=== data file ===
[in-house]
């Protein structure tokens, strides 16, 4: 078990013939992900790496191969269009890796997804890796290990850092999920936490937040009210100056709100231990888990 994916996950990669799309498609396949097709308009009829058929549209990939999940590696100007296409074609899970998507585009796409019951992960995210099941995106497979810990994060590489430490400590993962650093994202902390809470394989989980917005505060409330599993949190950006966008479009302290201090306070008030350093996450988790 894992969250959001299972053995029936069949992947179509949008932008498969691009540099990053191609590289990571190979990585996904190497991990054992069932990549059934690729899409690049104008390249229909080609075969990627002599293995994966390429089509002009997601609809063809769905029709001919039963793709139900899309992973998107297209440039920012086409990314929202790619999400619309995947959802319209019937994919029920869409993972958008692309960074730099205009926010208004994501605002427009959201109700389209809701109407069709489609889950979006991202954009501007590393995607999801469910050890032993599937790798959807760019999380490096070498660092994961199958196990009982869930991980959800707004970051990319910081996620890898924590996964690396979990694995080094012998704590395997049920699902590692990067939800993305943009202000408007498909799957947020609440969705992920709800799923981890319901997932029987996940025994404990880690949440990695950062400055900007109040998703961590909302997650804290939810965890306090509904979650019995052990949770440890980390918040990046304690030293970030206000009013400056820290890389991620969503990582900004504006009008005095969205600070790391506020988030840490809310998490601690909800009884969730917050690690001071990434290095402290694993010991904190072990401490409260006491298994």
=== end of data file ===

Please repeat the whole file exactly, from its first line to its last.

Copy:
[in-house]
């Protein structure tokens, strides 16, 4: 078990013939992900790496191969269009890796997804890796290990850092999920936490937040009210100056709100231990888990 994916996950990669799309498609396949097709308009009829058929549209990939999940590696100007296409074609899970998507585009796409019951992960995210099941995106497979810990994060590489430490400590993962650093994202902390809470394989989980917005505060409330599993949190950006966008479009302290201090306070008030350093996450988790 894992969250959001299972053995029936069949992947179509949008932008498969691009540099990053191609590289990571190979990585996904190497991990054992069932990549059934690729899409690049104008390249229909080609075969990627002599293995994966390429089509002009997601609809063809769905029709001919039963793709139900899309992973998107297209440039920012086409990314929202790619999400619309995947959802319209019937994919029920869409993972958008692309960074730099205009926010208004994501605002427009959201109700389209809701109407069709489609889950979006991202954009501007590393995607999801469910050890032993599937790798959807760019999380490096070498660092994961199958196990009982869930991980959800707004970051990319910081996620890898924590996964690396979990694995080094012998704590395997049920699902590692990067939800993305943009202000408007498909799957947020609440969705992920709800799923981890319901997932029987996940025994404990880690949440990695950062400055900007109040998703961590909302997650804290939810965890306090509904979650019995052990949770440890980390918040990046304690030293970030206000009013400056820290890389991620969503990582900004504006009008005095969205600070790391506020988030840490809310998490601690909800009884969730917050690690001071990434290095402290694993010991904190072990401490409260006491298994």